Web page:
The RICOH THETA S is a fairly affordable consumer 360° camera, which allows users to capture interesting locations and events for viewing through VR headsets and mobile-equipped Google Cardboard. When set up alongside a Raspberry Pi acting as a controller, plus a protective bubble, various cables, and good ol’ Mother Nature, the camera becomes a gateway to a serene escape from city life.
Ecologist Koen Hufkens, from the Richardson Lab in the Department of Organismic and Evolutionary Biology at Harvard University, decided to do exactly that, creating the Virtual Forest with the aim of “showing people how the forest changes throughout the seasons…and the beauty of the forest”.
The camera takes a still photograph every 15 minutes, uploading it for our viewing pleasure. The setup currently only supports daylight viewing, as the camera is not equipped for night vision, so check your watch first.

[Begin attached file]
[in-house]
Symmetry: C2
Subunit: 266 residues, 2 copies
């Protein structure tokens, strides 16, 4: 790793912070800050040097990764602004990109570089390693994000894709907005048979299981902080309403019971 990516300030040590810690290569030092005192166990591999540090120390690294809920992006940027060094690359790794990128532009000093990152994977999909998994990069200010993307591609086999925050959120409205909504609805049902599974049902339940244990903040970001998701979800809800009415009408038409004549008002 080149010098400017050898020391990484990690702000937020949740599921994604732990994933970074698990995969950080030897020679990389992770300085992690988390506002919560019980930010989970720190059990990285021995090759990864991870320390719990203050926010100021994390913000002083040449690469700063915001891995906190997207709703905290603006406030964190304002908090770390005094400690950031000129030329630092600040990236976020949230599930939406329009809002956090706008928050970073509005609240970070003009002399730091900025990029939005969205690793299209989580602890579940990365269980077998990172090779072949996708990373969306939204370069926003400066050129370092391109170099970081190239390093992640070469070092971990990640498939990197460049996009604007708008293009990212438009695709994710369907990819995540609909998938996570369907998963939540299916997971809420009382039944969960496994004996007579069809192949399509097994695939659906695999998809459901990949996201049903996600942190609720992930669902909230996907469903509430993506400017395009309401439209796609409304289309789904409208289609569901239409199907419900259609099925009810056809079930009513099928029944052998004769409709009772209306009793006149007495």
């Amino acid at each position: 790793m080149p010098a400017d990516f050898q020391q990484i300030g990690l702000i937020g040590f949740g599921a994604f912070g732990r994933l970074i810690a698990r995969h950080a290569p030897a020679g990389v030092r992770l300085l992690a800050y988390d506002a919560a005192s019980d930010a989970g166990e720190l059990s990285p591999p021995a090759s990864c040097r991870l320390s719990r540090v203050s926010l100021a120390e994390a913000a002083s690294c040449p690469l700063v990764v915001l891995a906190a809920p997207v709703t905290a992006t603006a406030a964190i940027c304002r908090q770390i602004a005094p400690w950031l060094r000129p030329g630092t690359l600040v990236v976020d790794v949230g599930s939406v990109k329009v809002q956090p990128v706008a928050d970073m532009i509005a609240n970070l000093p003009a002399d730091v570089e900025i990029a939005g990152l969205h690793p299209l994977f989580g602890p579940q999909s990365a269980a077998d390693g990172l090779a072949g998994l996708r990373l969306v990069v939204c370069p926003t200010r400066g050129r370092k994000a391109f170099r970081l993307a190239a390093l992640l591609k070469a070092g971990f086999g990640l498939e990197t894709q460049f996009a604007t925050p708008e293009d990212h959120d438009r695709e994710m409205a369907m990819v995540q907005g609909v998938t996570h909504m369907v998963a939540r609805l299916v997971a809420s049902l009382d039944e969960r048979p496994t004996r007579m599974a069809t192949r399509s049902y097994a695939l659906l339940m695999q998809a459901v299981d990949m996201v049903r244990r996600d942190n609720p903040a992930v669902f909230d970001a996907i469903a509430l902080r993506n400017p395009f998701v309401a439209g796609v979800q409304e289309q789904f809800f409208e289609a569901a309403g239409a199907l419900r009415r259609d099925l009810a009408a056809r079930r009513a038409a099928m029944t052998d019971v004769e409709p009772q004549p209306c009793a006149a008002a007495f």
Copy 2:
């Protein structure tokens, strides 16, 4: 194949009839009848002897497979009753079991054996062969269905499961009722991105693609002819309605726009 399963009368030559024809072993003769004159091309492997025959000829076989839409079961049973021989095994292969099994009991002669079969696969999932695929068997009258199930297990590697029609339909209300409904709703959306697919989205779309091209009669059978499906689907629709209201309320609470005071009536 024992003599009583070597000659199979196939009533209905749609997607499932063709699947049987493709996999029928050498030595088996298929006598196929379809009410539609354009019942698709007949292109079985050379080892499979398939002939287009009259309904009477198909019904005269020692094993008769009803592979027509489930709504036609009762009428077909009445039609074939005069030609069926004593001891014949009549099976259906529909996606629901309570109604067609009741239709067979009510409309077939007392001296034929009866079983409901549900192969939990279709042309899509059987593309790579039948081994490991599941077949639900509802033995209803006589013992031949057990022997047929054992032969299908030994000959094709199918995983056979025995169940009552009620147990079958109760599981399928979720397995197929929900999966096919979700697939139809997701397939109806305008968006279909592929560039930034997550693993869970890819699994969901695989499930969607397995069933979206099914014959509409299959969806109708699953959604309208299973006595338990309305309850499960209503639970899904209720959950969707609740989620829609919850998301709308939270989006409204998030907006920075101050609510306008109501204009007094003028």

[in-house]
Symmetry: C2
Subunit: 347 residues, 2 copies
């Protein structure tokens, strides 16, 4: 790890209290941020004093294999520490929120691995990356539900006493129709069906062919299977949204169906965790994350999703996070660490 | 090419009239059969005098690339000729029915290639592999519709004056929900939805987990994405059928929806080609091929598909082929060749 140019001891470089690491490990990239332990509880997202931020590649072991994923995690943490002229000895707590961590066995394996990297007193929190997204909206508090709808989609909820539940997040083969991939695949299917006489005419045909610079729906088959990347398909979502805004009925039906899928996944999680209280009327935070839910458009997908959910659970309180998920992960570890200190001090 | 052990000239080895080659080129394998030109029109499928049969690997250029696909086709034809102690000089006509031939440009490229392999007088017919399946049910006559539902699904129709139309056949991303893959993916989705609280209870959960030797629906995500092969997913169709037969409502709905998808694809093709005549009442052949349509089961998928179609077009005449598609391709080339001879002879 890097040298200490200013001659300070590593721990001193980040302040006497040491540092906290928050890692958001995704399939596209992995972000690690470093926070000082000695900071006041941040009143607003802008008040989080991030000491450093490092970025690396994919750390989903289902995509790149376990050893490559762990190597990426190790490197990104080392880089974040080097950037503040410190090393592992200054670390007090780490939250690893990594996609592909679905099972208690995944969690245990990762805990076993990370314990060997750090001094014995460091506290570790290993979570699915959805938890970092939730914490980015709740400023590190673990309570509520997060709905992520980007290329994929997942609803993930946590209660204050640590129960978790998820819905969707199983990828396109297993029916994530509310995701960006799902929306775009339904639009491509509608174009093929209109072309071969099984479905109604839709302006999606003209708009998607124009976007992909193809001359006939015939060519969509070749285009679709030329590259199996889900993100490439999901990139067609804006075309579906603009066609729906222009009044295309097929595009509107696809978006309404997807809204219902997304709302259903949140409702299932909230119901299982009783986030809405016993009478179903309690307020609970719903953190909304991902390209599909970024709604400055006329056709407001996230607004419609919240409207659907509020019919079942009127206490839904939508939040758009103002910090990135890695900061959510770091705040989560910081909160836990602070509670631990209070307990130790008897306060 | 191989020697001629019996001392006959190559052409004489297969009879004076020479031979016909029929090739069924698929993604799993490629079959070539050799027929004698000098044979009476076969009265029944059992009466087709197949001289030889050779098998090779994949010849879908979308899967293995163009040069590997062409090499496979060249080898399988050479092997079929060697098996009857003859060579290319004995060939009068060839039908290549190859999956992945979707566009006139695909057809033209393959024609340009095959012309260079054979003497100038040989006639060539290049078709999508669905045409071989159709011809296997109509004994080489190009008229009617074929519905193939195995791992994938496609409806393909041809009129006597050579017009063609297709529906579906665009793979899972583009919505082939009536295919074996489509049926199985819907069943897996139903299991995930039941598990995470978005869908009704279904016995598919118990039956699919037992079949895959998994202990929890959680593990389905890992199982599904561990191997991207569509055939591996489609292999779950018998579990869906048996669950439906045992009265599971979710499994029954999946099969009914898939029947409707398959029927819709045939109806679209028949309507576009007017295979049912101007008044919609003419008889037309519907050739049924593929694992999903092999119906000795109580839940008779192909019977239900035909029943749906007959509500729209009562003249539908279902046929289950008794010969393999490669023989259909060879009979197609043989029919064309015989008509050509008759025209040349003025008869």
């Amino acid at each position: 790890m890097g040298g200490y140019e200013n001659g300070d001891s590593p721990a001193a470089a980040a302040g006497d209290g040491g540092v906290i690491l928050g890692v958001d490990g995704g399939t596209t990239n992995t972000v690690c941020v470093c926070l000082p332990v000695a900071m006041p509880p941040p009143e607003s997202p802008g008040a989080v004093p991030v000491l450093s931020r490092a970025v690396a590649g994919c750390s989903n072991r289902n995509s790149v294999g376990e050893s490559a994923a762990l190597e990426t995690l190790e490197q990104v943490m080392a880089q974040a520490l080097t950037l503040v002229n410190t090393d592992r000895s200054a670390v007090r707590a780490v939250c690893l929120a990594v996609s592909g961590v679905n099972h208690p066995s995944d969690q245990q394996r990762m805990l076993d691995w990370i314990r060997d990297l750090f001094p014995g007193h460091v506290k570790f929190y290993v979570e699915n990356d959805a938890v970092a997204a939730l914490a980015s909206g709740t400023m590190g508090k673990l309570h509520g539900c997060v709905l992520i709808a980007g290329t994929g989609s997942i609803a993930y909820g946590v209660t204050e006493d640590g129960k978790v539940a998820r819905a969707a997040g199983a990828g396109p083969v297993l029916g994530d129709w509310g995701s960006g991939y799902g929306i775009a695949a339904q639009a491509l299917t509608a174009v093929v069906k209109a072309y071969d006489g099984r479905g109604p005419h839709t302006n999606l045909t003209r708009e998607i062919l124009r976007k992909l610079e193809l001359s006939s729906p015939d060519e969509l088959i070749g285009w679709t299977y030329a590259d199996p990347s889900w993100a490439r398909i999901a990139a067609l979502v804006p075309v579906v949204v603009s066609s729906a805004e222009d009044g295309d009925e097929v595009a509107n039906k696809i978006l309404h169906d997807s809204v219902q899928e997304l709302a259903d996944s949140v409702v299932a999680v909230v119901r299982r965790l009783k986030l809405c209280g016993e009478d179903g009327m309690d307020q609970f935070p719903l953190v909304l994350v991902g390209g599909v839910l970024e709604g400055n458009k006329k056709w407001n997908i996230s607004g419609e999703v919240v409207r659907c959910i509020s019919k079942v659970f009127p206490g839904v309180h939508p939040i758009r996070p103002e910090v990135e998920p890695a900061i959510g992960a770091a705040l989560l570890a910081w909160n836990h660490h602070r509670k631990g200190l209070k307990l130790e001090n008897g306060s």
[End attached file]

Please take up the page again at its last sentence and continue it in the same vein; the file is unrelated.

The build cost somewhere in the region of $500 to create; Hufkens provides a complete ingredients list here, with supporting code on GitHub. He also aims to improve the setup by using the new Nikon KeyMission, which can record video at 4K ultra-HD resolution.
The Virtual Forest has been placed deep within the heart of Harvard Forest, a university-owned plot of land used both by researchers and by the general public. If you live nearby, you could go look at it and possibly even appear in a photo. Please resist the urge to photobomb, though, because that would totally defeat the peopleless zen tranquility that we’re feeling here in Pi Towers.
Nice … Could we have it on tracks or wheels or a drone or something, so i can click my way through the forest. That would be nice would it not ?
Where does the energy is coming from the camera ?
This could be really cool if expanded upon:
Stick something like that (solar powered) at major parks, on top of mountains, wherever. It could be like a huge VR nature network, where you can experience selected areas in VR (like Niagara Falls) in real-time.